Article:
– reduces illness to natural to natural biological processes
– seeks out a single, clearly identifiable pathogen
– loses sight of the social context of the disease
– insists on a conceptual separation of body and mind
– conceives of the body as a machine made up of interrelated parts
– disease is attributed to malfunctioning part that requires fixing
– loses sight of the whole subject
– regards the scientific method as providing the only means by which to access valid knowledge.
– seeks to identify strict scientific principles or laws and hones in what can be directly observed and measured
– loses sight of the meanings and feeling associated with the experience of disease
– seeks to care rather than prevent disease, and is therefore largely reactive in nature
Five characteristics of Individualist Health Promotion (IHP)
1) is located at the conservative end of public health continuum
– that is, it does not require or advocate significant structural change in society
2) focuses on behavioural patterns and lifestyle factors in order to explain the origins of ill health – that is, it looks upstream form biology, regarding diseases as the end product of the way in which people to lead their lives. Ultimately, it is consistent with a psychological orientation
3) aims to educate individuals about the risk factors associated with particular lifestyle choices; with a view to promoting healthy behavioural changes (eg. the ‘smoking kills’ campaign
4) encourage individuals to take responsibility for their health, that is , they are expected to take on board the information provided by health experts, and to use this to monitor numerous lifestyle factors, including diet, alcohol consumption, smoking habits, exercise participation, stress level etc. this process involves ‘internalising the gaze’ of a range of health expert, and it renders more and more area of life ‘relevant’ to one’s health status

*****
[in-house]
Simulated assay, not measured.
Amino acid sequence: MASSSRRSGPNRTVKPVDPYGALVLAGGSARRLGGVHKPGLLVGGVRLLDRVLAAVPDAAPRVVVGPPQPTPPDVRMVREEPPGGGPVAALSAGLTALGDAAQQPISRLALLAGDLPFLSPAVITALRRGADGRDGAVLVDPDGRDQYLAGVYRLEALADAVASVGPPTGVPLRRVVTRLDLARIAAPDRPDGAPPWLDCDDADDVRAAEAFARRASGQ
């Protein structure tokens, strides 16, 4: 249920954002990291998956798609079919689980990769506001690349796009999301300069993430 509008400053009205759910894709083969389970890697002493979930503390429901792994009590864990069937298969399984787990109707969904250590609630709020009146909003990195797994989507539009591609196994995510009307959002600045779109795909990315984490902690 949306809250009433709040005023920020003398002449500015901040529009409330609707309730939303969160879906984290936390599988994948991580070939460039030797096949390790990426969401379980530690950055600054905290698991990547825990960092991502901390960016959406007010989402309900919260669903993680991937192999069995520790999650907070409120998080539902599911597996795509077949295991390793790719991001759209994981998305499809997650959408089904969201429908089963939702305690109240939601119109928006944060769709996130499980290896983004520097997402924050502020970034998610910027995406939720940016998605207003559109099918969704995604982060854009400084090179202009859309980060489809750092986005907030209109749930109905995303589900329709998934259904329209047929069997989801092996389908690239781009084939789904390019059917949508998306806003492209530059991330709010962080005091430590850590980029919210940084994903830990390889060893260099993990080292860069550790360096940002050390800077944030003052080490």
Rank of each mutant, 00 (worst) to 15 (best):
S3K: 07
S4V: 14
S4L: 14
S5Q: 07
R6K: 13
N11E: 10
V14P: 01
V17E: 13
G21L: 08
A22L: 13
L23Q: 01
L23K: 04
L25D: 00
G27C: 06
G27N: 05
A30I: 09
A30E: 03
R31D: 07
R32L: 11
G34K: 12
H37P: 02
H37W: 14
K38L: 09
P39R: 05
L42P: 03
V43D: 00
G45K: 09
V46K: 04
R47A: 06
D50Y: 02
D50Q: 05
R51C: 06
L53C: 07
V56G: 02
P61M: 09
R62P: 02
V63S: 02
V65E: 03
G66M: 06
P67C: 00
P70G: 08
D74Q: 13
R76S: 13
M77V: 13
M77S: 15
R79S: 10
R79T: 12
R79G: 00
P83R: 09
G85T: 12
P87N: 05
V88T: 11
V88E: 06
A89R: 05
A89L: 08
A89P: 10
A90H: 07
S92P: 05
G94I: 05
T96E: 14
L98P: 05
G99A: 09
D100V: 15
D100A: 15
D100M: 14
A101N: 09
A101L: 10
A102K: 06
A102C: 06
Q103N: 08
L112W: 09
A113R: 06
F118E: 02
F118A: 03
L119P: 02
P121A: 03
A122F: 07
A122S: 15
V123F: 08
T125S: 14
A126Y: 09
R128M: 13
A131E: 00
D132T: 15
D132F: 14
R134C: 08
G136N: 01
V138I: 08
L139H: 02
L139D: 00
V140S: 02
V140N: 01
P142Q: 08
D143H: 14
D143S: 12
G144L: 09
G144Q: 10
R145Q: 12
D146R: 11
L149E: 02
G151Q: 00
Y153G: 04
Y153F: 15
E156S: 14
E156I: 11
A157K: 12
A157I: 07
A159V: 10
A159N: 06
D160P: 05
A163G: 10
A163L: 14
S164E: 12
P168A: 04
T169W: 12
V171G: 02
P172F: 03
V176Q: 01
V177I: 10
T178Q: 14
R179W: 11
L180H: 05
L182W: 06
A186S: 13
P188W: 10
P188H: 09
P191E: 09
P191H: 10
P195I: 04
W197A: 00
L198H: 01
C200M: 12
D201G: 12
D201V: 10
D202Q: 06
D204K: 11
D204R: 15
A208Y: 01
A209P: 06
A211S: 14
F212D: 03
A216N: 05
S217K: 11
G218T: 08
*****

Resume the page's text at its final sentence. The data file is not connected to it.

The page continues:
5) has a proactive preventative ( is opposed to reactive curative emphasis, whereby it seeks to prevent diseases from occurring by positively influencing health – related behaviours
– The ‘radical’ end of the public health continuum
– focuses on life chances and social structure
– advocates the structural transformation of society
– preventative emphasis
1) not only is health influenced by behavioural and lifestyle factors that exist ‘upstream’ from biology, it is also profoundly shaped y board social processes that occur even further ‘upstream’ , and which serve to structure behavioural and lifestyle ‘choices’ in the first place.
2) there is a clear social gradient in the distribution of most diseases , that is, as a general rule, the higher the location in the social hierarchy, the lower the incidence of disease, and vice versa
3) with heart disease, the standard biological predictors (cholesterol levels, blood pressure) and behavioural predictors (smoking, poor diet) account for only one-quarter to one-third of the identifiable social gradient.
4) To adequately explain the social gradient of disease, one must take into account the fundamental, although often subtle, social determinants of ill health.
5) It is not only absolute poverty that causes ill health, but also:
– relative inequality (or one’s place in the social hierarch)
– the amount of power and control one exercise; at work, and in life more generally
– one’s degree of integration into a supportive social network
6) in the workplace and beyond, control over one’s destiny, is a pivotal factor in determining an individual’s health prospects and such control is socially mediated.
No individual and social group is responsible – ill health is a product of nature or biology and is ultimately a matter of fate
Individual health promotion
The individual is responsible – ill health is the outcome of unhealthy behaviours and unwise lifestyle choice
Social group who foster, and profit from, inequality are responsible, ill- health is the product of social organisation